Overview: In the coming year our school is changing the structure of its master schedule; we are moving to a schedule that will include different length periods spread across a seven-day rotation. Every cycle will contain one 65 minute period (20 minutes longer than what we have now). For my final project, I’m planning to rework the way I use my seventh grade class blog and my ninth grade class blog. I have also started a paper.li electronic newspaper called The Landing that I’m going to use to coordinate current event activities in all of my classes.
1. I started my seventh grade class blog last fall with the idea that it could be a place to share information with my students, beyond the daily details of homework and due dates, etc. (that they get regularly through the school website). To say that I used the blog sporadically would be generous (5 posts over the whole year, which sounds a bit pathetic, I know, especially after taking this class!). It would be totally fair to say that I didn’t use it as an interactive blog at all, except for the last post regarding final exam review, which started to approach an actual conversation/discussion. I’m happy about the potential of using it in new ways this year.
2. My goal for blogging with my ninth graders this year is to find more ways to facilitate online discussion/dialogue. My students will create their own blogs in the first few weeks of class, and my plan is for them to experiment with different web tools over the course of the year in order to share information, teach each other, and connect with other biology students (not unlike this class). (As far as tools go, Google Docs, screencasts, Flipbook, VoiceThread, and Slideshare come to mind, but I’m sure there will be others.) I did not require my students to comment on each others’ blogs last year because I was wary of trying to evaluate those comments, but I’m going to jump into that pool this year. Please let me know if you have a biology class that will also be blogging this year, and we’ll find a way to get our students to share.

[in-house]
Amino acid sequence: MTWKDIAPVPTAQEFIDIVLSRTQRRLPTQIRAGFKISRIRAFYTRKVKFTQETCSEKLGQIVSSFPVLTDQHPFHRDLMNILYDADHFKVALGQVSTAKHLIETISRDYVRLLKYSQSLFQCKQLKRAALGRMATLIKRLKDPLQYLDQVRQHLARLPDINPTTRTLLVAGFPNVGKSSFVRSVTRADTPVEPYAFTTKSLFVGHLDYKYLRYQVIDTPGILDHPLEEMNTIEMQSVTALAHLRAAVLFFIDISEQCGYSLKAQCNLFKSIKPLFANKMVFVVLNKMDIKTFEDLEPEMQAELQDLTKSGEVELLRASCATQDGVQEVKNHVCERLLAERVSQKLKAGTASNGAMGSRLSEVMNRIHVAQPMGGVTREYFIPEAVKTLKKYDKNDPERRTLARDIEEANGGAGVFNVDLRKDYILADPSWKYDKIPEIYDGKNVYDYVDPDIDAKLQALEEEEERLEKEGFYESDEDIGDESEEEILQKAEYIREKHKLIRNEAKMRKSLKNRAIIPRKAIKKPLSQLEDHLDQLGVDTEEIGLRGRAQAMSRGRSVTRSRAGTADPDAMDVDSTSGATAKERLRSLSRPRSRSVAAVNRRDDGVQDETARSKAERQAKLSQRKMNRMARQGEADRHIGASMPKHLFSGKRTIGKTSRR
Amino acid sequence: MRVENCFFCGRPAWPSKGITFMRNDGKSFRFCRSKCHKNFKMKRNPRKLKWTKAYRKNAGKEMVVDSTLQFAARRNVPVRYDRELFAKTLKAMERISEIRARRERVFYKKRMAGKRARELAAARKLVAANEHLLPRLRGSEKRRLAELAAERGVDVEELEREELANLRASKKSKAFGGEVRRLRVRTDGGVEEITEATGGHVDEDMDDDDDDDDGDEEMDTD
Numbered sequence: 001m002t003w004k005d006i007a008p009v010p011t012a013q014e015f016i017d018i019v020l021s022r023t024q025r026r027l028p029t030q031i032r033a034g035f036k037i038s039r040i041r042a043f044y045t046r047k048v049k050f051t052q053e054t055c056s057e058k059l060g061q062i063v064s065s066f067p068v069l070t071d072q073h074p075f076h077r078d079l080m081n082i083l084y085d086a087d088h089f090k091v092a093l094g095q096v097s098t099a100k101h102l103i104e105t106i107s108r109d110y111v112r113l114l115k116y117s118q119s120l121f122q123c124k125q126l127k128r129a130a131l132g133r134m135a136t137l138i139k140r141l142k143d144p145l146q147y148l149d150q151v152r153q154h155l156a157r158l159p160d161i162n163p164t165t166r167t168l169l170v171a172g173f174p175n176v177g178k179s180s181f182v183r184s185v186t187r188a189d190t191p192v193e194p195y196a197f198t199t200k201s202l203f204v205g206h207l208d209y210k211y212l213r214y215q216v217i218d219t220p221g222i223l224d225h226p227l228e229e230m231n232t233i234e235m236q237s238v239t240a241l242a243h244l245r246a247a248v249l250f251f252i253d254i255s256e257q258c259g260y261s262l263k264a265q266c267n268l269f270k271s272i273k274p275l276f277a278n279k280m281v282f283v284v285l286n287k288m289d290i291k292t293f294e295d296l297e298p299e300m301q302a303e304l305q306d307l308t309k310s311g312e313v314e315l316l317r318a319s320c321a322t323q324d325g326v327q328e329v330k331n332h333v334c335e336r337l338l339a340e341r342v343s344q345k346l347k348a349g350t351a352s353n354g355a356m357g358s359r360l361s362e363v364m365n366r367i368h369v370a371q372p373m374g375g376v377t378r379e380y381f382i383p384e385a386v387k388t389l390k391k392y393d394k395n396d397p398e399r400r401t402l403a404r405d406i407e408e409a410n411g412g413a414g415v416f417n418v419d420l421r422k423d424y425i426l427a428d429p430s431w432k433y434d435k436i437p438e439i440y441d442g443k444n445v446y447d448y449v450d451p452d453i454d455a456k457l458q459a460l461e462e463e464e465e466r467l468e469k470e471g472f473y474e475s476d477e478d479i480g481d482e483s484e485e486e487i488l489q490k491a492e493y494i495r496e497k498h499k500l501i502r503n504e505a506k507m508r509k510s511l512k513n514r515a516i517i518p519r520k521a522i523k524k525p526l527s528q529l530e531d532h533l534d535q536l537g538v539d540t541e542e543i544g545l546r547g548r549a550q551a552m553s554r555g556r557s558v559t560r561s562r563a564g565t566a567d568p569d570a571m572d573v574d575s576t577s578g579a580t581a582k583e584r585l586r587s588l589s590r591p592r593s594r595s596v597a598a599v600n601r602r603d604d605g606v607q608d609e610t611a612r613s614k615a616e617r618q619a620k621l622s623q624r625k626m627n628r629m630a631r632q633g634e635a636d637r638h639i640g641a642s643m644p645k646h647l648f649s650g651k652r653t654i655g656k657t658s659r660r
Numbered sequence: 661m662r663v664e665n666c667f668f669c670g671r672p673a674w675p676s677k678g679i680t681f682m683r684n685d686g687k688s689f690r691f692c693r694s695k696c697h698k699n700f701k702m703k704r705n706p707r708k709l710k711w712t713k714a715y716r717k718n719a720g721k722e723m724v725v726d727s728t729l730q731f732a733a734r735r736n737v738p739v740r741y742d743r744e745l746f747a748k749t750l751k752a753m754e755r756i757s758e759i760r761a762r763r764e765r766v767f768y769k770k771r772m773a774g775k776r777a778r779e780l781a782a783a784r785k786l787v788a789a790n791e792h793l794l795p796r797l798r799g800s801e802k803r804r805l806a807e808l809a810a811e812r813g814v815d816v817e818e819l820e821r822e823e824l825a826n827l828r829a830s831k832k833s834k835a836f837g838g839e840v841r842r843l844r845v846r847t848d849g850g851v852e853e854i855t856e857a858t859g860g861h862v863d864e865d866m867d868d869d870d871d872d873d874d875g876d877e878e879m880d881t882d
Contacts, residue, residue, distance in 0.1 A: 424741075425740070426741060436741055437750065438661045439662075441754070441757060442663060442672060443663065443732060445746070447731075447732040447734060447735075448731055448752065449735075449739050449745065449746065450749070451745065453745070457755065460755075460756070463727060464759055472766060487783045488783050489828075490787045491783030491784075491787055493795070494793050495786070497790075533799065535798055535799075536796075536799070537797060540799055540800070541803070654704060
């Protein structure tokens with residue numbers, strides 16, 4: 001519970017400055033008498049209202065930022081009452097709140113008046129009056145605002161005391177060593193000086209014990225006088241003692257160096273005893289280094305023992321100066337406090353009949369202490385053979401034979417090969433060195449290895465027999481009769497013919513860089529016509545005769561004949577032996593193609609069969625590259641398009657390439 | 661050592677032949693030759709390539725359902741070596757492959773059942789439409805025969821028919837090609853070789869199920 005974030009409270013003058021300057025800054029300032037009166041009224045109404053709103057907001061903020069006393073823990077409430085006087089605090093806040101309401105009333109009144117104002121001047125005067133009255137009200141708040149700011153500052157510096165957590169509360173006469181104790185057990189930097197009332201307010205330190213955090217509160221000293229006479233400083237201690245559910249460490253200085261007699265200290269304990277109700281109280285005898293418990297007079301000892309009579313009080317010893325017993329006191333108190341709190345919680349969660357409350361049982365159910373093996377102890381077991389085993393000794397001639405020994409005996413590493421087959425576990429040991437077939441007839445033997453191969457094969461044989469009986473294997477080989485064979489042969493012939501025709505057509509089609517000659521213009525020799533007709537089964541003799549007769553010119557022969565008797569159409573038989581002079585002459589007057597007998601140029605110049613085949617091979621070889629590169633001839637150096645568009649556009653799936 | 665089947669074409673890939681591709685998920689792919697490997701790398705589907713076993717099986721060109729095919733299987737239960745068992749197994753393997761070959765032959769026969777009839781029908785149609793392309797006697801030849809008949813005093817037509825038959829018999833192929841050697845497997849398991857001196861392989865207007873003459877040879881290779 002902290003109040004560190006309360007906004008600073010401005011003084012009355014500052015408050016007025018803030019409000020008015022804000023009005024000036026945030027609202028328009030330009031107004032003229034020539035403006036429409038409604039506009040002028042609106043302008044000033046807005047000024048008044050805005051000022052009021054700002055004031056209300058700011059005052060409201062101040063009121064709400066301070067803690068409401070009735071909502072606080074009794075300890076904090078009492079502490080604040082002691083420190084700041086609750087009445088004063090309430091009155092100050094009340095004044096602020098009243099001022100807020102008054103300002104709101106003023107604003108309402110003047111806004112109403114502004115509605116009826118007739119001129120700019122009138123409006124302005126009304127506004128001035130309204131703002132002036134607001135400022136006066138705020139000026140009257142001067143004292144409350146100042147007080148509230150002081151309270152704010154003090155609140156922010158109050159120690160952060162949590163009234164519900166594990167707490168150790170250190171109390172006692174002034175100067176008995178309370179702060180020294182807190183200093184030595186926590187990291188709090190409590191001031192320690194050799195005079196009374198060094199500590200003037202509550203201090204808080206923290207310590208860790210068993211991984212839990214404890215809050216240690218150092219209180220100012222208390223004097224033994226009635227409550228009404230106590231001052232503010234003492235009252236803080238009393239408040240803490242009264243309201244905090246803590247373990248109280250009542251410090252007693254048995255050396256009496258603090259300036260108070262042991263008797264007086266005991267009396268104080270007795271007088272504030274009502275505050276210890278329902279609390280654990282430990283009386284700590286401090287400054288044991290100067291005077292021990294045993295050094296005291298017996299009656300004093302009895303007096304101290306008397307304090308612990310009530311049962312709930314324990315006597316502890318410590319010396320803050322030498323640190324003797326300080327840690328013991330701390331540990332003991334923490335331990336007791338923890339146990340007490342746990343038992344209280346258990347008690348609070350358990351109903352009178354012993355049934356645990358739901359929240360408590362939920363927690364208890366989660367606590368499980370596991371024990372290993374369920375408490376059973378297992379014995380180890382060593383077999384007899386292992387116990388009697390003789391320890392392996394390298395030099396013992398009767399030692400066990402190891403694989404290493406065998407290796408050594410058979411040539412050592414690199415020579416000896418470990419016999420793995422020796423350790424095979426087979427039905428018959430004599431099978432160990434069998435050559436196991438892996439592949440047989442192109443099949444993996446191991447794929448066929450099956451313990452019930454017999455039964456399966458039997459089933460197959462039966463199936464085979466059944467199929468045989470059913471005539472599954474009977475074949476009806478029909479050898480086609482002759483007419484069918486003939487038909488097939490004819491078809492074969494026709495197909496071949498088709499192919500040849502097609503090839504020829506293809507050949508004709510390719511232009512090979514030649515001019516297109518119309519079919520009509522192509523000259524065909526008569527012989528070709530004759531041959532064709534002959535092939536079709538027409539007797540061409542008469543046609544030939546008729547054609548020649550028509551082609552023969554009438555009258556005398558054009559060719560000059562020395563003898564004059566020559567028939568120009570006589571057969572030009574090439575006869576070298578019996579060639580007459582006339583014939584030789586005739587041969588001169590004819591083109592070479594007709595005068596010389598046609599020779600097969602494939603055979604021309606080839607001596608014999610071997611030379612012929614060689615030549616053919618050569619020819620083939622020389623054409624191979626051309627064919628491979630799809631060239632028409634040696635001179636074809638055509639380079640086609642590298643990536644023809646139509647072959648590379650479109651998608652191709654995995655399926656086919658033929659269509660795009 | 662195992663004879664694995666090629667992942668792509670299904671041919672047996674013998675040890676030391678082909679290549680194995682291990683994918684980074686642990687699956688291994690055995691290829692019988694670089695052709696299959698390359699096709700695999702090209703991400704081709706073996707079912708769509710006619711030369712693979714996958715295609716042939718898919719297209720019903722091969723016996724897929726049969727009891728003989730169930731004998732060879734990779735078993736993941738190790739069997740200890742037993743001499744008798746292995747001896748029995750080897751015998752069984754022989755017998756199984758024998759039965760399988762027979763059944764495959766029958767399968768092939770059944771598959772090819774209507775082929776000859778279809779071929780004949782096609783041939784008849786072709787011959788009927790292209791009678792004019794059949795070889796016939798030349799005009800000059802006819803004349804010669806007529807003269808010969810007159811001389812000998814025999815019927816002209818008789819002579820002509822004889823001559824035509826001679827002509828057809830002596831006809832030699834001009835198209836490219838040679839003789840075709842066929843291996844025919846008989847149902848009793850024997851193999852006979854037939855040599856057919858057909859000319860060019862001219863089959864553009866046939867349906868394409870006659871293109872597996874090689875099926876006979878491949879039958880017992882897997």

3. Inspired by several teachers that have started to rework the discussion/coverage of current events in their classes (Marsha Ratzel, Will McDonough, and others), I set out to incorporate a number of Twitter and RSS blog feeds into a classroom daily paper, using paper.li. (See @brunsell’s article on the topic from Edutopia here.) The online newspaper that I’ve created is called The Landing (which refers the common space outside of our science labs, and I think it also suggests a nice place for meeting/sharing ideas). I began by starting a Twitter list so that I can manage the feeds/stories that students will be most interested in and will pertain to what we’re covering throughout the year. It’s a work in progress, as it’s only a few days old. I’ll continue to update this list as I find new sources, which will then get pulled into the daily feed. I have a general idea of how I’d like to use the feed, but since it’s brand new to me, I’m going to see how it goes and I’ll probably blog about it in the fall (which suddenly doesn’t feel so far away). *I should note that I’ve intentionally included sources/topics that apply to biology (9) and environmental science (7) so that I could use the same electronic paper for both of my classes. Some of the biology content won’t be relevent to my seventh graders, and vice-versa, and that’s okay with me.
Overall, I’m looking to provide some continuity throughout each 7 day cycle, tap into students’ creativity, and to take advantage of the extra time that we’ll have periodically (rather than doing the same thing we’ve been doing for an additional 20 minutes — as much as I like to talk, nobody wants to hear me talk for another 20…). By incorporating new web tools; giving students options in how they present material; and having them interact, collaborate, and share information online (using new tech in new ways); I think we will be able to teach more effectively and reach more students. I think what we’re really doing when we teach this way is just diversifying how we communicate with students, and how they communicate back to us (and to their peers). I’m confident that good things will happen.